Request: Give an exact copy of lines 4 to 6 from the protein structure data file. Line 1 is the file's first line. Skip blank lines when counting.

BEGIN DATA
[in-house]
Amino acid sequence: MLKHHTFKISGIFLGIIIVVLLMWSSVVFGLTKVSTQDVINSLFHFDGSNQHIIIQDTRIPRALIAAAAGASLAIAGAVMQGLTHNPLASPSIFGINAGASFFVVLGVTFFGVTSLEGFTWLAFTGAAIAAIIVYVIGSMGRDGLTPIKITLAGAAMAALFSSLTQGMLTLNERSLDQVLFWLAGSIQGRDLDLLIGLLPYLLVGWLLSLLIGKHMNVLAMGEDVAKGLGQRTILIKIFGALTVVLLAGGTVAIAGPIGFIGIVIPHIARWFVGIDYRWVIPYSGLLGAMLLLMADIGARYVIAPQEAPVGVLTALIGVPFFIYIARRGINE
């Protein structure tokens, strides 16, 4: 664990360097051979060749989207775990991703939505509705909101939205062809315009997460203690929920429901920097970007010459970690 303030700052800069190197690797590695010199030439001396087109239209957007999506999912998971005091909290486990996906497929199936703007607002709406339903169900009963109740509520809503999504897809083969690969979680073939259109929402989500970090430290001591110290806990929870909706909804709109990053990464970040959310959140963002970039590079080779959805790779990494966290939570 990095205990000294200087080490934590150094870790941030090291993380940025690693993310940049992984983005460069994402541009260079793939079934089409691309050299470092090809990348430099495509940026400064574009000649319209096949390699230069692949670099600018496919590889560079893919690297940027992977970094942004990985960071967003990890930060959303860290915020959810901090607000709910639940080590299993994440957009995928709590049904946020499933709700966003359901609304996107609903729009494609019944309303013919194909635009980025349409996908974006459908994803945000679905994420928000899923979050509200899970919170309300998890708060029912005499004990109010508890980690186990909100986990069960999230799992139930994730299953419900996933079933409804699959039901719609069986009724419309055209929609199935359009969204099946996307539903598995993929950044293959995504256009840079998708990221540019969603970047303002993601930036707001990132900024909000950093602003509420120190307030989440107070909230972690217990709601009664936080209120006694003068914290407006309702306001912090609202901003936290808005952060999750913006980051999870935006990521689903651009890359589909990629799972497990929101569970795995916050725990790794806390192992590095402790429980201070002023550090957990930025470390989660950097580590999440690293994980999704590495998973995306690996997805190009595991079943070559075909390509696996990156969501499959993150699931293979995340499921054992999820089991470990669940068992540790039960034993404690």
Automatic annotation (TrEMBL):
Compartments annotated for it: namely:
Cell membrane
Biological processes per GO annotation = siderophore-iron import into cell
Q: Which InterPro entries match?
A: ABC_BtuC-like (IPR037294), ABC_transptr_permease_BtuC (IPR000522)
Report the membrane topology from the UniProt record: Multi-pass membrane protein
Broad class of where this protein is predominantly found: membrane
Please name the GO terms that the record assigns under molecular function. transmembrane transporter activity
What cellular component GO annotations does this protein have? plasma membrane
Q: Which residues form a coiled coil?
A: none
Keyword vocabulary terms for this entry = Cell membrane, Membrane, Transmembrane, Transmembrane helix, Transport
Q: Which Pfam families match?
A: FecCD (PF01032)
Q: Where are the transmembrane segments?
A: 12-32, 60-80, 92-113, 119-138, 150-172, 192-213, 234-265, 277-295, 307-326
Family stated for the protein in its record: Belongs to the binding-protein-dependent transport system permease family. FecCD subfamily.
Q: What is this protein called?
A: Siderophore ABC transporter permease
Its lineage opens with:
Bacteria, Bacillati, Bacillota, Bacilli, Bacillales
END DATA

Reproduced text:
Automatic annotation (TrEMBL):
Compartments annotated for it: namely:
Cell membrane